With the uncertainty and economic turbulence triggered by the COVID-19 pandemic, companies need to adapt and innovate to survive in the long term. Although the importance of innovation is widely understood by top management, driving and maintaining innovation can often fall short when faced with more immediate corporate priorities such as cost cutting and cash flow management. Risk aversion in time of crisis can become entrenched and hinder the culture of bold experimentation required for successful innovation.
This article discusses the importance of innovation to achieve long-term growth, the mindset and culture required to drive innovation, the considerations to form actionable ideas aligned to innovation strategy, the process of managing innovation and the approaches to cultivate innovation.
At a time when the pace of innovation is dramatically compressing cycle times, not preparing for the future creates business risk. While it is tempting for businesses to weather the uncertainty either by taking a “wait-and-see” approach or a defensive cost cutting approach, we believe that companies need to focus on both top line and bottom line growth. Focusing only on cost cutting will tend to impede top-line growth since companies will not be positioned to take advantage after the crisis ends.
This aligns with the 2019 study conducted by Gartner on the fortune 1,000 companies. The survey observed that companies that focused on both top-line and bottom-line growth during the 2008 recession emerged as top of their industries in terms of revenue, margin improvement and long-term growth.
According to its survey, outperformers posted a 13% annualized growth rate in earnings before interest, tax, depreciation and amortization (EBITDA) between 2009-2017, compared to a 1% annualized contraction in EBITDA among the control group.
Traditional corporate culture of rewarding success and inaction while punishing failure is an obstacle for innovation. As the process of innovation requires exploration and taking risks, companies must rewire their culture and norms to tolerate and value risk. Innovative organizations have embraced an explorer’s mindset, marked by a constant search for new ideas and a passion to solve fundamental problems for the company’s customers and employees. Companies can empower employees by providing them with channels and resources for them to pursue innovative ideas independently. Adobe’s Kickbox program has successfully provided a toolkit to encourage and guide employees to contribute ideas, and has since become an open-source material used by other organizations.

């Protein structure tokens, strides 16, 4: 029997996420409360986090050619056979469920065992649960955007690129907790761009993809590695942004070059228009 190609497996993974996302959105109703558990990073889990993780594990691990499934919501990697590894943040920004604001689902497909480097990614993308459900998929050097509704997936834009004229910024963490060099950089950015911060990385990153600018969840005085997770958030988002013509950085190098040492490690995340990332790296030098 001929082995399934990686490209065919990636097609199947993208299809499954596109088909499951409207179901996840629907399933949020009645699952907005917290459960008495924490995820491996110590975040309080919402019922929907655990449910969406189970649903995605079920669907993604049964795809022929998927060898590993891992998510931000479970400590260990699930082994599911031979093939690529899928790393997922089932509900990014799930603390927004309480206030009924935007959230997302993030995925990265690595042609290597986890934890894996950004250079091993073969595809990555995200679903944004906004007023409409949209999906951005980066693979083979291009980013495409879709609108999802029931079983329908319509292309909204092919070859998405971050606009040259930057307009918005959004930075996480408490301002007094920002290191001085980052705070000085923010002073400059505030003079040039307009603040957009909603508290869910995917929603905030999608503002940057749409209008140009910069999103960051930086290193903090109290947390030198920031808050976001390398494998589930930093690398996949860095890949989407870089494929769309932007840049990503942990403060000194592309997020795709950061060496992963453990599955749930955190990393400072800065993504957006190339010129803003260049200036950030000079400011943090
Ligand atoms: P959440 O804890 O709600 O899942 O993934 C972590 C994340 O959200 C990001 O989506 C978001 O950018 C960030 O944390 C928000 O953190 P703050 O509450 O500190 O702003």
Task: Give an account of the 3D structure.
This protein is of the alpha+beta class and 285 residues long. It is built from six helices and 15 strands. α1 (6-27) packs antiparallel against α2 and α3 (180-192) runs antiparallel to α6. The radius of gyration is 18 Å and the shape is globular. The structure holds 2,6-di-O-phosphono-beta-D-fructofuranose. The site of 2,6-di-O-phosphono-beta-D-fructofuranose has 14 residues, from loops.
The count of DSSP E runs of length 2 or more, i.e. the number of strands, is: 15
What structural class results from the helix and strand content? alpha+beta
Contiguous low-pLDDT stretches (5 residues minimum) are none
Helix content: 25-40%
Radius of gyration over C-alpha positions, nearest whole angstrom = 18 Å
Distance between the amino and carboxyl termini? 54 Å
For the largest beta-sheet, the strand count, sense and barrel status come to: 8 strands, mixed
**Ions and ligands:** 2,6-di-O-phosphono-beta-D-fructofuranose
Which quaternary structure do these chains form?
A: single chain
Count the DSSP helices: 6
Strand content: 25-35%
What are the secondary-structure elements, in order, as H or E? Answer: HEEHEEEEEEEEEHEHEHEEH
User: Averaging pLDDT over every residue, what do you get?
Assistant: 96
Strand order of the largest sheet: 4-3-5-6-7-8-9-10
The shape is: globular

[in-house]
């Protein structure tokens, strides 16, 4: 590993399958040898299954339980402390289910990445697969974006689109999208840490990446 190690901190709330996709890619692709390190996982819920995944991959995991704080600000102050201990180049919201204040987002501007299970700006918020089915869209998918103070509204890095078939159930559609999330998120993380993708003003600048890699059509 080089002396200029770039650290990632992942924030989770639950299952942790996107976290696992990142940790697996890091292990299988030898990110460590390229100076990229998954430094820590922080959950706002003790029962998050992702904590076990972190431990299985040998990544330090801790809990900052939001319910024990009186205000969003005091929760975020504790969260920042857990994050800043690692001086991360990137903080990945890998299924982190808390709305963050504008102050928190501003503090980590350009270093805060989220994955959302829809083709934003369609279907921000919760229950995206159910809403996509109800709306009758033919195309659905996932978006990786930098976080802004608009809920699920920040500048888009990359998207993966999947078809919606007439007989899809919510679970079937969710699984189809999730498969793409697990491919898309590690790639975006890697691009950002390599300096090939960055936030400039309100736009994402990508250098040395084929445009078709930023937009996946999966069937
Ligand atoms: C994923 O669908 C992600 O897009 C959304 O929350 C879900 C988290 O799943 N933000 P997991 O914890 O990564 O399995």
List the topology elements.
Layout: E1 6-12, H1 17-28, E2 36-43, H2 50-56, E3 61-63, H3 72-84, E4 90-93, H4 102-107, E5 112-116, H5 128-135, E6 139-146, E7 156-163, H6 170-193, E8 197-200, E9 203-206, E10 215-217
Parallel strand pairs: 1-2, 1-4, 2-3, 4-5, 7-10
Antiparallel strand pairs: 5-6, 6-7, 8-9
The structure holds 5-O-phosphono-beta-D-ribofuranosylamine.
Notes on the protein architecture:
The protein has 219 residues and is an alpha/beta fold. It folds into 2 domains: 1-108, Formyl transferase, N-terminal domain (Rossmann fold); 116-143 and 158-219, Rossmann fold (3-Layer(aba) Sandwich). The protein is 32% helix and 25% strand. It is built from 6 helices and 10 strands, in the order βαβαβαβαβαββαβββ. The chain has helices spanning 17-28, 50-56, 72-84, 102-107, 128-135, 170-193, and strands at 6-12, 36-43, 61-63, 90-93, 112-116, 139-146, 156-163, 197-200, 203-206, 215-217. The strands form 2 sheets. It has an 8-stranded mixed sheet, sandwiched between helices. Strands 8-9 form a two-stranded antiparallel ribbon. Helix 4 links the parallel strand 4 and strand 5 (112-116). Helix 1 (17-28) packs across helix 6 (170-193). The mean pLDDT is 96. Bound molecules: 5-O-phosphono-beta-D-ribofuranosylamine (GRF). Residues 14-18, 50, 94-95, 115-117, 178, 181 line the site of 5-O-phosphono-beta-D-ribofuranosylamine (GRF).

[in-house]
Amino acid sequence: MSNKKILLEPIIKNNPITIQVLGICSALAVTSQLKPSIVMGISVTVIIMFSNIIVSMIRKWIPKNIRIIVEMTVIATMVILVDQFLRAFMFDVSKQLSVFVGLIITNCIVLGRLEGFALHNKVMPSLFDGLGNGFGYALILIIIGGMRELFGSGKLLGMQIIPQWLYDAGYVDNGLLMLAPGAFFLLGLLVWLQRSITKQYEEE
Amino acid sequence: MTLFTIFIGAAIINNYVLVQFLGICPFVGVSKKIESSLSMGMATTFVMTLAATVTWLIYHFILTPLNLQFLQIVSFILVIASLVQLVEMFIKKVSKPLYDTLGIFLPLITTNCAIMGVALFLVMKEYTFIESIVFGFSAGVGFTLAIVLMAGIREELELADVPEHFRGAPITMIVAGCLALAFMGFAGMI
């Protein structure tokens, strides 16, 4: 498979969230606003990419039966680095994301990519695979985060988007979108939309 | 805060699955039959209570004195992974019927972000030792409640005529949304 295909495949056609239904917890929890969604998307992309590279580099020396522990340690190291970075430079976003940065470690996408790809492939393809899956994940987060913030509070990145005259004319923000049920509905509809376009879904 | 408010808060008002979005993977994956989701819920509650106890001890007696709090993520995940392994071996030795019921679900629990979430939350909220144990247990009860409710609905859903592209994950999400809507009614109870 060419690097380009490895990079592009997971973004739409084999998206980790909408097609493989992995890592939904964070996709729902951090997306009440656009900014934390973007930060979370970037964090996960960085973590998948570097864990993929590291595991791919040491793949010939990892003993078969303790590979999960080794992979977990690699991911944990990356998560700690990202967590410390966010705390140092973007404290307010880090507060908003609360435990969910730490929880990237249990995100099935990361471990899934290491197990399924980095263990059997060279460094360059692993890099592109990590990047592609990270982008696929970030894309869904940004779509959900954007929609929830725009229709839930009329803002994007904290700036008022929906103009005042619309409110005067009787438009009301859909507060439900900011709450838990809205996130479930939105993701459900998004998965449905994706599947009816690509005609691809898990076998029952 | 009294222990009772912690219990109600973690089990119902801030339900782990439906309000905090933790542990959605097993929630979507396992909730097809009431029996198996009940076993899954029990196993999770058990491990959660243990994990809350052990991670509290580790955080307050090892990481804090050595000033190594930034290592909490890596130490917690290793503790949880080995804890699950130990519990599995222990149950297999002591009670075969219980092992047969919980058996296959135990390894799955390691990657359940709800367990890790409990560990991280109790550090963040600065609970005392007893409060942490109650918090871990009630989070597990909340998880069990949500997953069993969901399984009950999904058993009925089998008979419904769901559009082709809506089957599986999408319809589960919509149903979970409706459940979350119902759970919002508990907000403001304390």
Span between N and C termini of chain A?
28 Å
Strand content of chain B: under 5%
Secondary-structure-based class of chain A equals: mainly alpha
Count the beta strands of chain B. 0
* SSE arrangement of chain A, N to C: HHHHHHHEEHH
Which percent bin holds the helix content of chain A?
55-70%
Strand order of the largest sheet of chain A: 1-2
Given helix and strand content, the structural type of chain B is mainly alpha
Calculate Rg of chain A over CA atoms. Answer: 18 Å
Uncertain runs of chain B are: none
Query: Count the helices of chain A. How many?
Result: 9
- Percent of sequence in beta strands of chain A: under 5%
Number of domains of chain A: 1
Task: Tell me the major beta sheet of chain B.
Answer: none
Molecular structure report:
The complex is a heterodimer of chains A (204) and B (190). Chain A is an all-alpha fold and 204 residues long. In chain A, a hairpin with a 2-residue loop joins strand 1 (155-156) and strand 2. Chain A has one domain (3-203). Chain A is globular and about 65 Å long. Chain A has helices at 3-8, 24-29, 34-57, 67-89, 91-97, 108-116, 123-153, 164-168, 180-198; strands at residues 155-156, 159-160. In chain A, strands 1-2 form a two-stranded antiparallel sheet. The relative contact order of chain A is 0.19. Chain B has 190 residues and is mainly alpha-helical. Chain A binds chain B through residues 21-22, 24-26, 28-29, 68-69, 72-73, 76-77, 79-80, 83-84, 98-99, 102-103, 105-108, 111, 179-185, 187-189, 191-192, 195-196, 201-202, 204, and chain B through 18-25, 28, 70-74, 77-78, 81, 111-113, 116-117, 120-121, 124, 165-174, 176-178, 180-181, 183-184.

Commitment and direct involvement from top management is also crucial to inculcate an innovative culture. While there might be a trade-off between short-term performance and investment in innovation, top management needs to create a clear vision and strategy for innovation with communication and allocation of sufficient resources.
Innovation can be broadly classified as sustaining innovation to improve current products within existing businesses and disruptive innovation to discover new products and markets. It is hard for disruptive innovation to happen within most established companies as incentives for business units are aligned to the existing businesses. As such, new business units with new business models are needed for disruptive innovation. External avenues to innovation that are kept separate would be viable as well.
Though it is often tempting for companies to measure innovation by R&D spending in absolute terms or as a percentage of total revenue, studies have shown that there is little correlation between both of them. While R&D spending is an indication of commitment to grow, R&D typically focuses on technical aspects which might not coincide with the needs of customers. Innovation should have needs of customers — either existing or future — in mind.
Innovative companies often have clear innovation strategies that typically have a society and customer-centric focus. Amazon has adopted a data-driven and customer-focused innovation approach, using artificial intelligence to understand customer behavior in order to predict what they might want next. Typical questions that help companies to choose focus areas include:
While there will always be a strong element of risk in innovation, the process of managing innovation should never be haphazard or risky. A holistic and data-driven approach to prioritizing innovation investments can increase R&D efficiency and greatly reduce the risks of research bottlenecks and wasted R&D resources.
Poor management of innovation processes in the organization can have huge long-term economic and strategic implications. A poor process could result in under-utilized capabilities, focusing on unrealizable projects, lack of vision on desirable outcomes, misallocation of resource and no results.
Companies that aptly manage their innovation efforts stand to gain an edge over their competitors. Innovative cultures require guiding structure of governance and process to be effective. As innovation requires starting with numerous ideas before narrowing them, it is important to know when to stop investing in faltering ideas or projects. There should be stringent capital controls, resource allocation mechanisms and clear processes in place to guide projects or kill them.